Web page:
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MAG Silver and its Mexican subsidiary have categorically denied any involvement in the murders of Ismael Solorio and his wife Manuela Solis.
Yesterday at a public meeting in Mexico City, Martín Solis, member of the Barzón and resident of Benito Juárez, Chihuahua declared:
"Six years ago, in the Ejido of Benito Juárez, Municipality of Buenaventura, Chihuahua, the Canadian mining company, MAG silver and its subsidiary, Cascabel, illegally acquired 40 shares to land that is used by the whole community for livestock grazing. The total number of Ejido members is 398", which means that the company illegally purchased just over 10% of the shares. "On two separate occasions, the Assembly has denied permission to engage in any form of mining exploration. After the Ejido Assembly agreed to undertake an investigation into how the mining company has acted in Benito Juárez, the following irregularities were unearthed:
Violations of Environmental Legislation:
Violation of Agrarian Legislation
Canadian mining companies have exploited NAFTA-related legislation, the recent climate of social decomposition, governmental corruption and lax environmental law enforcement in Chihuahua, Mexico and other parts of Latin America. The exodus in the wake of NAFTA-driven rural poverty, drug violence and the prevailing climate of fear have made social organizing in defense of the environment extremely difficult.
Many of the farmers of Benito Juárez consider the struggle against MAG Silver a matter of life and death, which is attested to by the willingness of Ismael Solorio and his wife Manuela Solis to continue their resistance efforts despite having been attacked, threatened and finally murdered. For generations Benito Juárez farmers have cultivated cotton, chile peppers, alfalfa and other crops for local consumption and export. The MAG mining operation threatens to irrevocably contaminate vital and scarce ground water in addition to devastating the fragile desert ecosystem, which few people seem to value. Their lands and the toil of generations would suddenly become useless, and, like hundreds of thousands of small farmers, they would be forced to migrate.
Armed drug organizations also exact tribute from the mining companies, who would find it difficult, if not impossible to operate in the isolated and ore-rich regions of Chihuahua´s Sierra Madre. Though the government declares otherwise, the Sierra is firmly controlled by well-armed groups that periodically and randomly seek tribute from all passers-by on one or several of the roads in the Sierra. However, tourist attractions such as Creel and the Copper Canyon region seem to be relatively safe, probably due to some negotiation process that temporarily exempts them from direct extorsion.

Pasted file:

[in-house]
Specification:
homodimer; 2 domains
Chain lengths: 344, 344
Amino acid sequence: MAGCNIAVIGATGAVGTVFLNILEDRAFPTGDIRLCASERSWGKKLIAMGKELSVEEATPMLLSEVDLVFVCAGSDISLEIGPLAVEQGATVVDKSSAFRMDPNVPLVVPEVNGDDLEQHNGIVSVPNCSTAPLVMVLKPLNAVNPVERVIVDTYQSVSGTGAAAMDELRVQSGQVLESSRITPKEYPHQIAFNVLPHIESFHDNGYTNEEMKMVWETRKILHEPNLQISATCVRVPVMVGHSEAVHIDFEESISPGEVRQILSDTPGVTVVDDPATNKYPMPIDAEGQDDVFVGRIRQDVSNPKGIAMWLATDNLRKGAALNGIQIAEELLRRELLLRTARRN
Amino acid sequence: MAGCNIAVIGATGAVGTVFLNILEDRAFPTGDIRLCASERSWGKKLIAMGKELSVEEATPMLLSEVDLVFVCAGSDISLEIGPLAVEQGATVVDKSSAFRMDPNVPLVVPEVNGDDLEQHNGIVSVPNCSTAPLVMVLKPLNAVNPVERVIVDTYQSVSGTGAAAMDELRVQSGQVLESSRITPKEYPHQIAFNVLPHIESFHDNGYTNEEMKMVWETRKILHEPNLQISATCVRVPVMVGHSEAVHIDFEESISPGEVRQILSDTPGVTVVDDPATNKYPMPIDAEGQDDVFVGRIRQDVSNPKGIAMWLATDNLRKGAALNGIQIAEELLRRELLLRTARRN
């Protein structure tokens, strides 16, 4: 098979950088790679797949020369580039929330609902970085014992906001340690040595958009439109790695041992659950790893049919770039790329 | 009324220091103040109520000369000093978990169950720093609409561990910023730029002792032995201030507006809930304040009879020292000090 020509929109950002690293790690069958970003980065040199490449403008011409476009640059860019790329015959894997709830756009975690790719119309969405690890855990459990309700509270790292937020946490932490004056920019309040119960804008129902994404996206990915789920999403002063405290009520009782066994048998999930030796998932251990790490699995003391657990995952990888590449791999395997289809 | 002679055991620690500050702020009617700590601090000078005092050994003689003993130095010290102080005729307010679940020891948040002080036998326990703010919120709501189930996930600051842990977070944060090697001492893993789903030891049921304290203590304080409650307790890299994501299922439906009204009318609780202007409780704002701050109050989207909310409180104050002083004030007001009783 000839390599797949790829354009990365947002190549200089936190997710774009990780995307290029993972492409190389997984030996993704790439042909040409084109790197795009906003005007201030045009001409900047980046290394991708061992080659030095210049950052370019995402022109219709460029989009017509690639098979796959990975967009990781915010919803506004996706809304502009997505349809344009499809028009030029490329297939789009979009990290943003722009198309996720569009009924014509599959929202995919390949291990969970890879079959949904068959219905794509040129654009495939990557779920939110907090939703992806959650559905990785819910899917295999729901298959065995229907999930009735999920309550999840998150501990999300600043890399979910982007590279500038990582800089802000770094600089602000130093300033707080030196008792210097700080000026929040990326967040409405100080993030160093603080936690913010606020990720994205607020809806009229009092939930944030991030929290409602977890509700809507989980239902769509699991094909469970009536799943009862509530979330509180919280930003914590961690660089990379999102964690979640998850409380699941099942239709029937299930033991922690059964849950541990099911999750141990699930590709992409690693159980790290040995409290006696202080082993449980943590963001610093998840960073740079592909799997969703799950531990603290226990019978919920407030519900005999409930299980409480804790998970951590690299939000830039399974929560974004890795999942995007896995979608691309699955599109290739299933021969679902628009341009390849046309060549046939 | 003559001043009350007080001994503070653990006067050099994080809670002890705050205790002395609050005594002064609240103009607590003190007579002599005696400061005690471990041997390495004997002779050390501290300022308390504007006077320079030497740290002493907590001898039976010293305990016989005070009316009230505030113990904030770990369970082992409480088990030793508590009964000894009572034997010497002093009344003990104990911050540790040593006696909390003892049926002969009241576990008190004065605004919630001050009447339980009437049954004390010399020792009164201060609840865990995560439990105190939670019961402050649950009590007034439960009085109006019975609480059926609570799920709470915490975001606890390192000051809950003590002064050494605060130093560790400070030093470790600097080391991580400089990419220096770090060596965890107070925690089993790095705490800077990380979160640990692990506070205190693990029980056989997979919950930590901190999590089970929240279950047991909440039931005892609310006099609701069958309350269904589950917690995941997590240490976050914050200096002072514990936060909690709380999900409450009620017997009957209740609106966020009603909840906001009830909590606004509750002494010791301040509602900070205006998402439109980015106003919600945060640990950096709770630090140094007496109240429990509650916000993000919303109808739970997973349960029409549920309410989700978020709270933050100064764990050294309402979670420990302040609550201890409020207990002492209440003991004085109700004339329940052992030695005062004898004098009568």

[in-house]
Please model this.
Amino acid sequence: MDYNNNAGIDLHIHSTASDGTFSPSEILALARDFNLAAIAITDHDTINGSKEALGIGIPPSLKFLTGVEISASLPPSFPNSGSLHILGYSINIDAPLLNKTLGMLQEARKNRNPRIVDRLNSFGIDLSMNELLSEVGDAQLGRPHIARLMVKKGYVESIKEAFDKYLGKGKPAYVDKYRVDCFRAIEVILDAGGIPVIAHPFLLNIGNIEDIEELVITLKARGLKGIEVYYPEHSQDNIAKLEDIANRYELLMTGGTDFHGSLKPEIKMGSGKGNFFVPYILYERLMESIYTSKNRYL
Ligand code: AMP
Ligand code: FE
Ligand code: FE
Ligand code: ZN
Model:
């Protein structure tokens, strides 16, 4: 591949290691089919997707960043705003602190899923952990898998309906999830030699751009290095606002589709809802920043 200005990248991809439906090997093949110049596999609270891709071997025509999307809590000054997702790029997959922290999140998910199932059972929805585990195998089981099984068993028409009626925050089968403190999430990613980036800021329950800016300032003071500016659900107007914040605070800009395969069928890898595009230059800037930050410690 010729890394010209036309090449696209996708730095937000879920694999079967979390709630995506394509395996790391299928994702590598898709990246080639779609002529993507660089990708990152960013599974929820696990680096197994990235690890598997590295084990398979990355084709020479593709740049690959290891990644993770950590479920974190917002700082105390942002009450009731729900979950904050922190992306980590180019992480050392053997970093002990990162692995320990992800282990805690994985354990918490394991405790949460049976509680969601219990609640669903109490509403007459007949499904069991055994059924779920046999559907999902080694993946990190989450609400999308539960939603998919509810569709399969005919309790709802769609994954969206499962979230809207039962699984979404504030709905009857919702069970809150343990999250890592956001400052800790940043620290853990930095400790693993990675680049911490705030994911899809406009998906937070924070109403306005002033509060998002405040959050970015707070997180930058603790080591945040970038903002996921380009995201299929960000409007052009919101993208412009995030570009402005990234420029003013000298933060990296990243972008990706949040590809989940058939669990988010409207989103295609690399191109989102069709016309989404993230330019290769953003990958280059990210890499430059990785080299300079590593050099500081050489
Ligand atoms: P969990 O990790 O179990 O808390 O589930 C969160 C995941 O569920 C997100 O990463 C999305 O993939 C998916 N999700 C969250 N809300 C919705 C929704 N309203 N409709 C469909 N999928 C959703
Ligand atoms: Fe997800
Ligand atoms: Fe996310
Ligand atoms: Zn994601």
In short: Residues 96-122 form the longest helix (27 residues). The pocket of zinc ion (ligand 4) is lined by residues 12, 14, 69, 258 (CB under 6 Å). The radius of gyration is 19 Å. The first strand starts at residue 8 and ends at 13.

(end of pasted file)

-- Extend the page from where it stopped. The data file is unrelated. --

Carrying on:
It is undeniable that some roads necessary for ore transport have been improved, local salaries have temporarily benefitted some employees, and economic benefits can be perceived in mining-related industries in cities like Parral and Chihuahua City. Irreversible environmental damage like mountain-top removal, strip mining, cyanide spills, deep water contamination and deforestation are the physical result of mining operations. The most unsavory aspects of mining operations like payoffs and death threats and, perhaps even murder can be undertaken by local subsidiaries of the Mother company or other, more informal operatives. Thus, when things go awry, investors can be insured that the Mother company --as MAG has already made public on its website-- had absolutely nothing to do with it.
Years down the pike, when the companies have gone, leaving only heaps of contaminated slag, deteriorated ecosystems, dilapidated roads to nowhere, what will linger in the embittered, collective memory are the tragic and unacceptable costs once tied to the frenzied rush to accumulate as much silver and gold as quickly as possible; things that guilty consciences can do little to remedy.
 (Note: The Ejido is a form of communal land tenure in which each member has a share that gives him or her certain rights and responsibilities. When Article 27 was modified to facilitate NAFTA, these shares could be bought and sold. However, each Ejido had the right to create its own bylaws that all members were to abide by. Common use land can only be sold when the Assembly agrees to such a sale in a majority vote. All decisions regarding the Ejido, or modifications to the by-laws must be made by the Assembly in a plenary session.)
 NORMA Oficial Mexicana NOM-120-SEMARNAT-2011, establishes the specifications for environmental protection for activities related to direct mining exploration in agricultural, livestock and uncultivated lands and in regions with dry and temperate climates inhabited by xerophilus, deciduous, coniferous or oak plant populations.